4.  Bake cookies on a parchment covered cookie sheet for 10 minutes. They     will not brown.  Do not overcook or they will become dry.

5.  Sift powdered sugar over hot cookies on pan.  If you have created thumbprint cookies remove them from the sheet to cool.  Once they have cooled fill the thumbprint with preserves and then sift powdered sugar over the top.  Refrigerate.



























A hand sifter is an important tool to have for cookie and cake decorating.

Powdered sugar adds a delicate sweetness to these nutty cookies.

Cheesy Christmas goodness

Homemade ricotta recipe from The Costco Connection magazine a few years back.


Homemade Ricotta

Cheese, or soft cheese, is relatively easy to make.  All you need is milk, cream, and an acid like lemon juice or vinegar.  Ricotta is a bland, creamy cheese, but can be easily flavored to be savory or sweet.  I like to add smoked salts and herbs to make it savory or brandied cherry juice to make it pink and sweet.  A quick search on the internet will turn up dozens of ways to use ricotta.  Some people spread it on sandwiches, others use it instead of cheese on pizza.  It can be the star mixed with herbs and garlic on top of bruschetta.  However you use it, you will enjoy the process of making it!




4 cups whole milk

2 cups heavy cream

1 teaspoon kosher salt (or flavored salt)

3 T good white wine vinegar (I used lemon flavored balsamic vinegar and had to use quite a bit more than 3 T to get the cheese to curdle)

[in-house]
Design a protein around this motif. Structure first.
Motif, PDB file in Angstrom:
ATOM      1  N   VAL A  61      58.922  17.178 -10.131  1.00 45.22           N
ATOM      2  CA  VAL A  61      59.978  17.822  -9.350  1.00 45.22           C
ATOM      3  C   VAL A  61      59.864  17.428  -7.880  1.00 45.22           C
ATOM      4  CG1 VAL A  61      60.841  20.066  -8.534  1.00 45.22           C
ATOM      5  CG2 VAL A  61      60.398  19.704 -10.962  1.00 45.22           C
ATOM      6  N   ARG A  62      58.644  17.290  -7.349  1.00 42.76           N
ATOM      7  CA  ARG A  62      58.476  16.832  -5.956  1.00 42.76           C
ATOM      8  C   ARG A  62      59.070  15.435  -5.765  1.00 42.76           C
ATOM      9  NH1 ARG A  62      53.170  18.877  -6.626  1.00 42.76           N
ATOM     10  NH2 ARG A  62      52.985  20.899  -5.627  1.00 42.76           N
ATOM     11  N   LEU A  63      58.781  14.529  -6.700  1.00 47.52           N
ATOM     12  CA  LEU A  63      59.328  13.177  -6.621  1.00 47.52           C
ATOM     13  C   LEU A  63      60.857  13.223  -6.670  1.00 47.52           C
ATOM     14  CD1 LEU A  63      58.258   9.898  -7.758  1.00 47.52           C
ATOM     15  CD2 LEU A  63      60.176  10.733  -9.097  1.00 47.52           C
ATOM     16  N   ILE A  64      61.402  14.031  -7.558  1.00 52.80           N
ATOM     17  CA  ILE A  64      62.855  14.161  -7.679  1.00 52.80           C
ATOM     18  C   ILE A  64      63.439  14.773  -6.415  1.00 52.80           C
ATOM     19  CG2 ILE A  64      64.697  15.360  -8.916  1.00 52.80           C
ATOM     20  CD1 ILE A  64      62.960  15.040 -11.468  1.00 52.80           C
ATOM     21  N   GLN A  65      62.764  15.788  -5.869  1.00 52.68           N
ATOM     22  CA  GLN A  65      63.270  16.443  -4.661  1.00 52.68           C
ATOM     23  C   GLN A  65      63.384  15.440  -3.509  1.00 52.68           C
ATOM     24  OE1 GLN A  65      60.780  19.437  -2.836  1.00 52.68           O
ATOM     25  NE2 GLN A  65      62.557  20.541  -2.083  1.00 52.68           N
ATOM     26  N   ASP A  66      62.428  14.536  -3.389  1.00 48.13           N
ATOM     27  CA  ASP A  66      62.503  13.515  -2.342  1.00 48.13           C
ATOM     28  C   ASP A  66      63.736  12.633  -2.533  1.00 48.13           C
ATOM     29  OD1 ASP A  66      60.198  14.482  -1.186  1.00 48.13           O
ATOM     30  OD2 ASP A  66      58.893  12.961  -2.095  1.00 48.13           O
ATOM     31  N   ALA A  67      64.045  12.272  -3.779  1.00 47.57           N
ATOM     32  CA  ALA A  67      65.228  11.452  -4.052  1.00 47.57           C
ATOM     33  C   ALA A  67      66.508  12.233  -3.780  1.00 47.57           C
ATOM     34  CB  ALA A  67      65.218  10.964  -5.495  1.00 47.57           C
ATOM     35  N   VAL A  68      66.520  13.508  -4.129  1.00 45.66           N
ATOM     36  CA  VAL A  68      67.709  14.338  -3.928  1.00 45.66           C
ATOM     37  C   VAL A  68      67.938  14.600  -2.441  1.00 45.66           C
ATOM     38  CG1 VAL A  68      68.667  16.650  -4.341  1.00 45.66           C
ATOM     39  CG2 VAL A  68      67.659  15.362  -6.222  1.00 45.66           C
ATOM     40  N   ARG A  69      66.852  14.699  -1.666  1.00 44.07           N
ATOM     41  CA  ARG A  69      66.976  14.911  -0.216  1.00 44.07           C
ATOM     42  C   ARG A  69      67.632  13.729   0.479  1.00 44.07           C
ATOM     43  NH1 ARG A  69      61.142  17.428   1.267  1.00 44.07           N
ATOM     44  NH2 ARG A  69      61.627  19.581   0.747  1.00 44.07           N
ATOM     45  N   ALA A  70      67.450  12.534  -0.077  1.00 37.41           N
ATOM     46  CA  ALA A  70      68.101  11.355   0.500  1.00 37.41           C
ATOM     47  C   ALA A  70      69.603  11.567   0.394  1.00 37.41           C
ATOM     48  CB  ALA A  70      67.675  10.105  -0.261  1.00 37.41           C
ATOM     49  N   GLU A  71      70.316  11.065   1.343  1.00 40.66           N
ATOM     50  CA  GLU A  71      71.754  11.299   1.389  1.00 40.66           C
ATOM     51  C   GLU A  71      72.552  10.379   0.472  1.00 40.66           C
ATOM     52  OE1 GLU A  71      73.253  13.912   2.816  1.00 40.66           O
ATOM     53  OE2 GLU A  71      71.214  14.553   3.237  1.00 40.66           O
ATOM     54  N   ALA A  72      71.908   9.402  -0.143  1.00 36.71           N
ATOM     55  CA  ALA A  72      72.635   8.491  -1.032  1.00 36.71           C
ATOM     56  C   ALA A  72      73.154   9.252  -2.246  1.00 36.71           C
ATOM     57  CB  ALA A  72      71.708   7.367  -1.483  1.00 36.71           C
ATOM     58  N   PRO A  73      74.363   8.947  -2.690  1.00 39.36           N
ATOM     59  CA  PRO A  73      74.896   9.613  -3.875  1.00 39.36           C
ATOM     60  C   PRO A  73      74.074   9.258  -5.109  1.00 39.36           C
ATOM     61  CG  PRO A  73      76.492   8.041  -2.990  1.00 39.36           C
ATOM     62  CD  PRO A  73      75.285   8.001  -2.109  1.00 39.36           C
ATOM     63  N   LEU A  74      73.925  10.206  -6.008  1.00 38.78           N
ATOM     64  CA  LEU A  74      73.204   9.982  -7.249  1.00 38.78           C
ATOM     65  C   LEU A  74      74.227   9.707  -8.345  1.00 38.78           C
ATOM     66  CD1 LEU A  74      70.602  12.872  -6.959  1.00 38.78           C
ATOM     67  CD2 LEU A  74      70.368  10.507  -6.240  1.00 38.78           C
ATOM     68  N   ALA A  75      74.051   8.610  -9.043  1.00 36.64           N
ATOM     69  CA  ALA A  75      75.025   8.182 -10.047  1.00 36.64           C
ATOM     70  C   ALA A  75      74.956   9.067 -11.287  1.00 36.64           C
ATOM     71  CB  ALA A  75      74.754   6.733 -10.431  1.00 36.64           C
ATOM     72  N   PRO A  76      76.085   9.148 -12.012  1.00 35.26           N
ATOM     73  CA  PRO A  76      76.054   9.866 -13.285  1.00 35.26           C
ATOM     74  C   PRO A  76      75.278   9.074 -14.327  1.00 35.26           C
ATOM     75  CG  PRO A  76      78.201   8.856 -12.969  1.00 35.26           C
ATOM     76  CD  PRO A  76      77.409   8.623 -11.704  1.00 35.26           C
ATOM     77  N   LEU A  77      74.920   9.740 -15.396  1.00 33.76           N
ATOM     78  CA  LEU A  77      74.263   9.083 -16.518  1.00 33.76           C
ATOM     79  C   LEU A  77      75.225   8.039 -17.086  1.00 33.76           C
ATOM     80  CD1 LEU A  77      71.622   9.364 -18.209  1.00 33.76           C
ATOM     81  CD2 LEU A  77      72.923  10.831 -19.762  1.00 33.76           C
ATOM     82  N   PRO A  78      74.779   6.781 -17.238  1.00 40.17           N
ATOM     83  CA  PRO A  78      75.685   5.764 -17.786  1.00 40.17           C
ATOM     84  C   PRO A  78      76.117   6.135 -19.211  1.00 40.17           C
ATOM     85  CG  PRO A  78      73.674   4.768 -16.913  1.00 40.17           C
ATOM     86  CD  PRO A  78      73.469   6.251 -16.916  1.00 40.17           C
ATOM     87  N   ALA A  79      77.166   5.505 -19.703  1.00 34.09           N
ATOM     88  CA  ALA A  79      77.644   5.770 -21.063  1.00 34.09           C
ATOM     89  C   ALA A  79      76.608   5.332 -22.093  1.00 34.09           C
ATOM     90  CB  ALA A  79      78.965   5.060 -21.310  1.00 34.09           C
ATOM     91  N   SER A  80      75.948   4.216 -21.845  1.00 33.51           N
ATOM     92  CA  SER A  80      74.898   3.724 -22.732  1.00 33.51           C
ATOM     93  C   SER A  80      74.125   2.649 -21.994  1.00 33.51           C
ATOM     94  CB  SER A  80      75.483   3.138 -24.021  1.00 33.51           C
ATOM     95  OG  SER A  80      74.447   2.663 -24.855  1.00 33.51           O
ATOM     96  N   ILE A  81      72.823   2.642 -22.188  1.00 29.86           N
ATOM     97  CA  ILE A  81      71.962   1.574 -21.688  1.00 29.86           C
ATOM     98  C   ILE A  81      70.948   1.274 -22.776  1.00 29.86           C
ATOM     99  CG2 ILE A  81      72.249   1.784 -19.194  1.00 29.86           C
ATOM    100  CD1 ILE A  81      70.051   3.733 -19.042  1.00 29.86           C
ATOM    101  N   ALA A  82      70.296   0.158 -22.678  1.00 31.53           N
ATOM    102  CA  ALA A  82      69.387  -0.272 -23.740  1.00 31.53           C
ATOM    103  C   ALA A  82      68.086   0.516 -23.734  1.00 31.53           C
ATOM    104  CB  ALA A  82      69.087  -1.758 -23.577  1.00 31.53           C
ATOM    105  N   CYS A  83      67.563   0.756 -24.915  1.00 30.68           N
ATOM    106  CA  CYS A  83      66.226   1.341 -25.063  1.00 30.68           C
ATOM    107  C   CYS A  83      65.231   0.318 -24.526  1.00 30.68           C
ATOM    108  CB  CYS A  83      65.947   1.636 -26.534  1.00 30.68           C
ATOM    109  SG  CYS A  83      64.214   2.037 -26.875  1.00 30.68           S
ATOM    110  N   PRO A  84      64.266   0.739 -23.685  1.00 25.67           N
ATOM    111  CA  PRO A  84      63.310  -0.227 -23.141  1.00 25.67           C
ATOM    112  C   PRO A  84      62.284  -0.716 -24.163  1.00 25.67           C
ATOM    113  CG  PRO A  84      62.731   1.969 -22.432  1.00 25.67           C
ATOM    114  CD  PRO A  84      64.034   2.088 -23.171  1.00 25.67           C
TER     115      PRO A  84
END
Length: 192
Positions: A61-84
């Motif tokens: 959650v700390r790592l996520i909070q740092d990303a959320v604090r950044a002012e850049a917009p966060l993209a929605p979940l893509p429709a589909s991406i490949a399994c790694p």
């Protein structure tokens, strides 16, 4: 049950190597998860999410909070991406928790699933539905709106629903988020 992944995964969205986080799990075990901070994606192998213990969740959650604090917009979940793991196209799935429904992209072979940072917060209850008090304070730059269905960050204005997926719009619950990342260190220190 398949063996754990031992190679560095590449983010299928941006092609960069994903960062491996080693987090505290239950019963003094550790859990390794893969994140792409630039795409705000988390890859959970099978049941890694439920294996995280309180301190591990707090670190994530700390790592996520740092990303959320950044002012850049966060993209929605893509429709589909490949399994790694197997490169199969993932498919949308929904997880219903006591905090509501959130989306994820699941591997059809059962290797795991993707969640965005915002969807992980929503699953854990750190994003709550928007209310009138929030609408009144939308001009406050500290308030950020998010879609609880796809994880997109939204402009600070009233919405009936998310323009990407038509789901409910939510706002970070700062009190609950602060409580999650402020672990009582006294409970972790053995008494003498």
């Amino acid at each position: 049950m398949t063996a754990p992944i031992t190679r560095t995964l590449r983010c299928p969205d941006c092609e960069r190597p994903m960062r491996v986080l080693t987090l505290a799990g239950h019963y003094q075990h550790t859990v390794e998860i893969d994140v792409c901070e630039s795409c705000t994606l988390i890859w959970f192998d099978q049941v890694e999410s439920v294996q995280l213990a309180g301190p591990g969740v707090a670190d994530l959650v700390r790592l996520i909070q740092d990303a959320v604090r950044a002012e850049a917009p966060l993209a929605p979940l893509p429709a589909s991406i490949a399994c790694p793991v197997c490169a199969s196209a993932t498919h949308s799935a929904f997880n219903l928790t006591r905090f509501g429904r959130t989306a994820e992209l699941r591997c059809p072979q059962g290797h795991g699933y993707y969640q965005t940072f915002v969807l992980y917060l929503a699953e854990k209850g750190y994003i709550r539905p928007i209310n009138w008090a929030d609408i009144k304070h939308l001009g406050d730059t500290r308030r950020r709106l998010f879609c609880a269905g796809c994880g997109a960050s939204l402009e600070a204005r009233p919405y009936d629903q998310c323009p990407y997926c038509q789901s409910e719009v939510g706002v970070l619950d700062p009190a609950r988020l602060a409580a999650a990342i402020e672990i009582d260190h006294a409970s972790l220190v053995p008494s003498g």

1.  Set a large sieve over a deep bowl.  A fine metal one would work best. Dampen 2 layers of cheesecloth with water and line the sieve with the cheesecloth.

2.  Pour the milk and cream into a stainless steel or enameled pot.  Stir in the salt.  Bring to a boil over medium heat, stirring occasionally.  Turn off the heat and stir in the vinegar.

3.  Allow the mixture to stand for 1 minute until it curdles.  It will separate into thicker parts (curds) and clear milky parts (whey).  I had to add more vinegar and I let it sit in the pot - cooling - for about 15 minutes, stirring occasionally until I felt it had separated enough.

4.  Pour the mixture into the cheesecloth-lined sieve and allow it to drain into the bowl at room temperature for 20-30 minutes.  Depending on the size of the sieve holes it may take longer.  Pour off the whey collected in the bottom so that it is not touching the bottom of the sieve.  If you plan on using the whey put it in an airtight container and refrigerate.

5.  Tranfer the ricotta to an airtight container and refrigerate.  It will keep refrigerated for a week.  Makes about 2 cups.

  • Ricotta cheese - separating the curds and whey

  • Collect and refrigerate the whey. It is the protein from the milk and is great used in bread making to substitute for the liquid and salt.

    Here is a great baked ricotta appetizer from It is called:
    Baked Ricotta: The Best Appetizer You Haven't Met Yet. This dish is taken from Anne Burrell's cookbook entitled Cook Like a Rock Star.

    2 cups ricotta
    1 clove garlic - minced
    1 T finely chopped rosemary
    1 lemon - zest only
    3 T olive oil, plus some on top for finishing
    1 pinch red pepper flakes
    1 pinch salt and pepper

    1. In a large bowl mix ricotta with minced herbs,
    garlic, red pepper flakes, lemon zest and olive oil.
    2. Spoon mixture into buttered baking dish and bake for 15-20 minutes. The top should be lightly browned on top.
    3. Top with a splash of olive oil and serve with crackers or bread.